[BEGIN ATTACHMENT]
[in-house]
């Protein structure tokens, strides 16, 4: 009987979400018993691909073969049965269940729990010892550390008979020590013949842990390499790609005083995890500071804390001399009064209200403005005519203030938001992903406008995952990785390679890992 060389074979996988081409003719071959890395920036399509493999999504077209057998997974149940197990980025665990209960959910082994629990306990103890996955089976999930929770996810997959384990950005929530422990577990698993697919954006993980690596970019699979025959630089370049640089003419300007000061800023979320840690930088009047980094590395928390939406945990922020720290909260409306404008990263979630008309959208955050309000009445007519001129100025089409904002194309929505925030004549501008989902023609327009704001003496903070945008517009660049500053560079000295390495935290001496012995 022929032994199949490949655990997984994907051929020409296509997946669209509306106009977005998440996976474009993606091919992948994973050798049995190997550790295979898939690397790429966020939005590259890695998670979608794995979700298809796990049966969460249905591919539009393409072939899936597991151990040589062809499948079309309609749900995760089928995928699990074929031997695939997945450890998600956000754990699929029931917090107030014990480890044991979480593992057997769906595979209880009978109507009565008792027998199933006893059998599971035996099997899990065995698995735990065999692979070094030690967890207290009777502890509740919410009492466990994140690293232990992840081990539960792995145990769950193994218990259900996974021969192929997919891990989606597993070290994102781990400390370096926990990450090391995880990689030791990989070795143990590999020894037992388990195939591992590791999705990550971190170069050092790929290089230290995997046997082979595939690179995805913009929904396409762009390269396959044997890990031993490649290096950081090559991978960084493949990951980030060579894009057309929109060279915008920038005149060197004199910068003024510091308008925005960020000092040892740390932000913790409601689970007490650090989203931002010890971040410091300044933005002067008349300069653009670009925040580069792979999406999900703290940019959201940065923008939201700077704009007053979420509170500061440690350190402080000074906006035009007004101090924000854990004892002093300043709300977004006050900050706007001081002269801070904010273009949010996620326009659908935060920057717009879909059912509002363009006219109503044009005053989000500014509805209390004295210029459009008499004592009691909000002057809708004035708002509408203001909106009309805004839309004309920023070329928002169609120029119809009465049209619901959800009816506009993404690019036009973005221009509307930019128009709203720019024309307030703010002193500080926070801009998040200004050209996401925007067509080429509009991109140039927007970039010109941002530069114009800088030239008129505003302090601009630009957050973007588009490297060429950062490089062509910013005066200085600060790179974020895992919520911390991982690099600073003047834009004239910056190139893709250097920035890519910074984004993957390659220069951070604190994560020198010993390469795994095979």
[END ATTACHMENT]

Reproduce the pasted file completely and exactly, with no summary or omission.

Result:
[in-house]
């Protein structure tokens, strides 16, 4: 009987979400018993691909073969049965269940729990010892550390008979020590013949842990390499790609005083995890500071804390001399009064209200403005005519203030938001992903406008995952990785390679890992 060389074979996988081409003719071959890395920036399509493999999504077209057998997974149940197990980025665990209960959910082994629990306990103890996955089976999930929770996810997959384990950005929530422990577990698993697919954006993980690596970019699979025959630089370049640089003419300007000061800023979320840690930088009047980094590395928390939406945990922020720290909260409306404008990263979630008309959208955050309000009445007519001129100025089409904002194309929505925030004549501008989902023609327009704001003496903070945008517009660049500053560079000295390495935290001496012995 022929032994199949490949655990997984994907051929020409296509997946669209509306106009977005998440996976474009993606091919992948994973050798049995190997550790295979898939690397790429966020939005590259890695998670979608794995979700298809796990049966969460249905591919539009393409072939899936597991151990040589062809499948079309309609749900995760089928995928699990074929031997695939997945450890998600956000754990699929029931917090107030014990480890044991979480593992057997769906595979209880009978109507009565008792027998199933006893059998599971035996099997899990065995698995735990065999692979070094030690967890207290009777502890509740919410009492466990994140690293232990992840081990539960792995145990769950193994218990259900996974021969192929997919891990989606597993070290994102781990400390370096926990990450090391995880990689030791990989070795143990590999020894037992388990195939591992590791999705990550971190170069050092790929290089230290995997046997082979595939690179995805913009929904396409762009390269396959044997890990031993490649290096950081090559991978960084493949990951980030060579894009057309929109060279915008920038005149060197004199910068003024510091308008925005960020000092040892740390932000913790409601689970007490650090989203931002010890971040410091300044933005002067008349300069653009670009925040580069792979999406999900703290940019959201940065923008939201700077704009007053979420509170500061440690350190402080000074906006035009007004101090924000854990004892002093300043709300977004006050900050706007001081002269801070904010273009949010996620326009659908935060920057717009879909059912509002363009006219109503044009005053989000500014509805209390004295210029459009008499004592009691909000002057809708004035708002509408203001909106009309805004839309004309920023070329928002169609120029119809009465049209619901959800009816506009993404690019036009973005221009509307930019128009709203720019024309307030703010002193500080926070801009998040200004050209996401925007067509080429509009991109140039927007970039010109941002530069114009800088030239008129505003302090601009630009957050973007588009490297060429950062490089062509910013005066200085600060790179974020895992919520911390991982690099600073003047834009004239910056190139893709250097920035890519910074984004993957390659220069951070604190994560020198010993390469795994095979």